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Iranian Missile Mishaps and Military Readiness

May 14, 2020

Episode Notes:

At least 19 Iranian sailors were killed this weekend and their ship destroyed in a live-fire missile exercise gone wrong.  The support ship IRIS Konarak was struck by a missile launched from the frigate IRIS Jamaran during an exercise near the Iranian port of Jask on Sunday.  The Konarak was towing targets for the missile exercise and was still in close proximity to the targets when the missile was launched; the missile’s homing system acquired the support ship, rather than the intended target.  In addition to the dead, at least 15 sailors were injured.  Although it was not reported how many sailors were onboard at the time of the mishap, Janes reports that the normal crew of a ship of that type is 25-30 sailors, suggesting that nearly the entire crew were killed or wounded in the mishap.

To discuss this issue, we are joined by Michael Eisenstadt of the Washington Institute for Near East Studies. Eisenstadt is the David Kahn and Douglas Kahn Fellow and director of the Institute's Military and Security Studies Program. A specialist in Persian Gulf and Arab-Israeli security affairs, he has published widely on irregular and conventional warfare, and nuclear weapons proliferation in the Middle East.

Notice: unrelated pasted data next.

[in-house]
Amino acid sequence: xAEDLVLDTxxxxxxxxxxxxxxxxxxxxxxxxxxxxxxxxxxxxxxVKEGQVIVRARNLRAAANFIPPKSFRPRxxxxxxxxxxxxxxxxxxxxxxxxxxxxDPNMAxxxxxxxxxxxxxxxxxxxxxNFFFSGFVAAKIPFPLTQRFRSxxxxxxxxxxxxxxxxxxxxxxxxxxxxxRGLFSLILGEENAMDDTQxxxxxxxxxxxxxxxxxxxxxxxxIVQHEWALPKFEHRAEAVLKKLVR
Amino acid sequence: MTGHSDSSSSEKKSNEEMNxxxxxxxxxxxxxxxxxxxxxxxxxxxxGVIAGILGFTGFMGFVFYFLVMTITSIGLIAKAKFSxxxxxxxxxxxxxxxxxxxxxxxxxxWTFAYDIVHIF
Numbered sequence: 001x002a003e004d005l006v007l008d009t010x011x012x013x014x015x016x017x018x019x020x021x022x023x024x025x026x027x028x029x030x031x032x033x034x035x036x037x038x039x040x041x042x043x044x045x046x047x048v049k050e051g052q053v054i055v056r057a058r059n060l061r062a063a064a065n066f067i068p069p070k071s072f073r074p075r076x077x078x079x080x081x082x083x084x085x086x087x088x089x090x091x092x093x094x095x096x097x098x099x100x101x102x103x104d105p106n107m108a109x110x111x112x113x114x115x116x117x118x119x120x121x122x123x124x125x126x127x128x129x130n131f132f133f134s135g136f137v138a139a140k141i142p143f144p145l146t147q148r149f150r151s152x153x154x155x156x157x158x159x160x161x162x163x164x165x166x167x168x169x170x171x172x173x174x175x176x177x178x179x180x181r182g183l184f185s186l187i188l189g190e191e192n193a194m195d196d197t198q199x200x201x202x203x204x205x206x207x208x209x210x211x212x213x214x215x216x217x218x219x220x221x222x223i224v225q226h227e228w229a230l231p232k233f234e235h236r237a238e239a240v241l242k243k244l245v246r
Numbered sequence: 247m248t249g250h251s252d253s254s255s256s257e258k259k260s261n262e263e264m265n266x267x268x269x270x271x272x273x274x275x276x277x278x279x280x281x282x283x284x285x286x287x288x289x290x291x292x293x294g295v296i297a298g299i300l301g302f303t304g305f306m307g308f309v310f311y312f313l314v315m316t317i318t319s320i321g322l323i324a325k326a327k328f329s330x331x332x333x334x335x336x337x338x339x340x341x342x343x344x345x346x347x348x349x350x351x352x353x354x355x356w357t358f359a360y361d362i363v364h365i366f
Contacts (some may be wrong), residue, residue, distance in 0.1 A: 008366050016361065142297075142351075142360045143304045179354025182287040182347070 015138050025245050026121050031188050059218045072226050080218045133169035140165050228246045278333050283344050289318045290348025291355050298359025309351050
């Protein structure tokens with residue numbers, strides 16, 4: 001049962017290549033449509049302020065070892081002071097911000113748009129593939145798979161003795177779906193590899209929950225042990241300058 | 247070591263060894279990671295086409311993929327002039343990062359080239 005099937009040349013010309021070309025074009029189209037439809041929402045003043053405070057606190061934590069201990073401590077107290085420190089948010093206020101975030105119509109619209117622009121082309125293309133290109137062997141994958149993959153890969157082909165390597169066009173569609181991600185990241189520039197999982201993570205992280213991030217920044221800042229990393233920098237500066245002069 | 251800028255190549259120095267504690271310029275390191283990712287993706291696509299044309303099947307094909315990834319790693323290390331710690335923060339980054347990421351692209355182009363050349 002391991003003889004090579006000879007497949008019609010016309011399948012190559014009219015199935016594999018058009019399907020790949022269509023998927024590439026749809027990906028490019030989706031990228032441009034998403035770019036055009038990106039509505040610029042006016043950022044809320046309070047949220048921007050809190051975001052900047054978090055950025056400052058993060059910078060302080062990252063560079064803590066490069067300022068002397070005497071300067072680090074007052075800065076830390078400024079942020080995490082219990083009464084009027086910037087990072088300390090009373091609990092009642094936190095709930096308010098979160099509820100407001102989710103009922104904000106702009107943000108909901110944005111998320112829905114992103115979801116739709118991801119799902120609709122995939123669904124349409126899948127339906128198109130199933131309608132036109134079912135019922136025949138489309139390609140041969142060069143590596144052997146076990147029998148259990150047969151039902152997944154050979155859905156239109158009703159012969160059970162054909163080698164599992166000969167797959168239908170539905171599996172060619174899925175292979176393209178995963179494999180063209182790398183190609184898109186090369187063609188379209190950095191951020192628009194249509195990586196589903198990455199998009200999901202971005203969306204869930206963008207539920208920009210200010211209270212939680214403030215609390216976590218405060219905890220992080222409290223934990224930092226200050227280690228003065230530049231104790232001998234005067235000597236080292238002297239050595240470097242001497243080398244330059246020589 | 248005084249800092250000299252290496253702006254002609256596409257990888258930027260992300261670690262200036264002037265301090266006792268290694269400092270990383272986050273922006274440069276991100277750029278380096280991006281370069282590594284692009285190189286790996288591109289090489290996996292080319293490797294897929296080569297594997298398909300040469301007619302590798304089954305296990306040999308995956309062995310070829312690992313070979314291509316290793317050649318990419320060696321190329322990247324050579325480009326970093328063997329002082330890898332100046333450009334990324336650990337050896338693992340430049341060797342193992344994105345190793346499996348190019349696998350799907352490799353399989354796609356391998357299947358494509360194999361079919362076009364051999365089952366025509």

[ 01:48 ] What do we know about the exercise in which the mishap occurred? Was it a routine readiness exercise or were they testing a new capability? How common are such exercises, and have we seen previous mishaps associated with them?

[ 03:31 ] In January, Iranian air defense forces inadvertently shot down a Ukrainian air liner.  Do these incidents point to a pattern of readiness issues in the Iranian military?

[ 05:55 ] When the US Navy suffered a spate of mishaps in the summer of 2017, many pointed to reduced funding for maintenance, manning, and training, coupled with increased operational demands. Is there reason to suspect something similar may be a factor in Iranian military readiness?

[ 10:36 ] Iran has two maritime military forces, the Islamic Republic of Iran Navy (IRIN), which operates larger vessels like those  involved in this exercise, as well as Iran’s submarine force, and the Islamic Revolutionary Guard Corps Navy (IRGCN), which operates mostly small boats, such as those that were videoed harassing US Navy ships a few weeks ago. Is there a bureaucratic or political rivalry between those two forces, and is this incident likely to affect the balance of power between them? If so, how might that affect Iranian naval activity in the Gulf?

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